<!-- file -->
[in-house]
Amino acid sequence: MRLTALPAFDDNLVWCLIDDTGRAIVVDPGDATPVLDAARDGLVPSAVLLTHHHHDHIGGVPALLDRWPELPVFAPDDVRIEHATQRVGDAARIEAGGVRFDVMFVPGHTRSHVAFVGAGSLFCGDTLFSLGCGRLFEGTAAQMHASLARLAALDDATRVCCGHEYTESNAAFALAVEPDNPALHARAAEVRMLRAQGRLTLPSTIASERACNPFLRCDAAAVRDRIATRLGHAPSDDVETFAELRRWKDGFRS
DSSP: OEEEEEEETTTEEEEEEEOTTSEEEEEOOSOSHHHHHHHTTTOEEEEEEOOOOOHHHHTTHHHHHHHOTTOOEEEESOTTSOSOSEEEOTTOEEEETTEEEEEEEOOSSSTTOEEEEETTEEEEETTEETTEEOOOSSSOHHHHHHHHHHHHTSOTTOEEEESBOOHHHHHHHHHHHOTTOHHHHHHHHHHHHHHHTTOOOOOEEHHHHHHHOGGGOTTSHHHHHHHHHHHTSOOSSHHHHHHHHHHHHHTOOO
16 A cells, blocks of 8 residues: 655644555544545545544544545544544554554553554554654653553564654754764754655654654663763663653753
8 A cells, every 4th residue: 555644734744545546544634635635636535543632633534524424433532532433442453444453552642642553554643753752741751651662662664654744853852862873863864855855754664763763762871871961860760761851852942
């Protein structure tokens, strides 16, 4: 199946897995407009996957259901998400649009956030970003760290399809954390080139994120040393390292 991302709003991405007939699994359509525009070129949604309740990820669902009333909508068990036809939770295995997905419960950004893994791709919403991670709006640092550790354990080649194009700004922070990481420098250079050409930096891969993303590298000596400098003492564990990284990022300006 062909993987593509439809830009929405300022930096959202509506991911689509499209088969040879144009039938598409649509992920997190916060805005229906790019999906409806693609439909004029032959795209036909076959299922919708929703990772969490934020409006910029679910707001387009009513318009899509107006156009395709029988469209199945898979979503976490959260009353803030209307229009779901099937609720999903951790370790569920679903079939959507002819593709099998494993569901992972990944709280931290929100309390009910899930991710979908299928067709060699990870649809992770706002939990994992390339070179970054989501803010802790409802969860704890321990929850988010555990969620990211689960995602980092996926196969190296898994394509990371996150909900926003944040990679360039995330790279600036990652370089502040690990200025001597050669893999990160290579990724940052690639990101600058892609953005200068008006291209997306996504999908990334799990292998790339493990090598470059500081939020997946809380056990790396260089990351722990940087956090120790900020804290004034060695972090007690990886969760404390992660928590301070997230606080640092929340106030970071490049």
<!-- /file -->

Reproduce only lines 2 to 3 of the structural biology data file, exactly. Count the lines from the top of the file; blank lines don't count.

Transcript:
Amino acid sequence: MRLTALPAFDDNLVWCLIDDTGRAIVVDPGDATPVLDAARDGLVPSAVLLTHHHHDHIGGVPALLDRWPELPVFAPDDVRIEHATQRVGDAARIEAGGVRFDVMFVPGHTRSHVAFVGAGSLFCGDTLFSLGCGRLFEGTAAQMHASLARLAALDDATRVCCGHEYTESNAAFALAVEPDNPALHARAAEVRMLRAQGRLTLPSTIASERACNPFLRCDAAAVRDRIATRLGHAPSDDVETFAELRRWKDGFRS
DSSP: OEEEEEEETTTEEEEEEEOTTSEEEEEOOSOSHHHHHHHTTTOEEEEEEOOOOOHHHHTTHHHHHHHOTTOOEEEESOTTSOSOSEEEOTTOEEEETTEEEEEEEOOSSSTTOEEEEETTEEEEETTEETTEEOOOSSSOHHHHHHHHHHHHTSOTTOEEEESBOOHHHHHHHHHHHOTTOHHHHHHHHHHHHHHHTTOOOOOEEHHHHHHHOGGGOTTSHHHHHHHHHHHTSOOSSHHHHHHHHHHHHHTOOO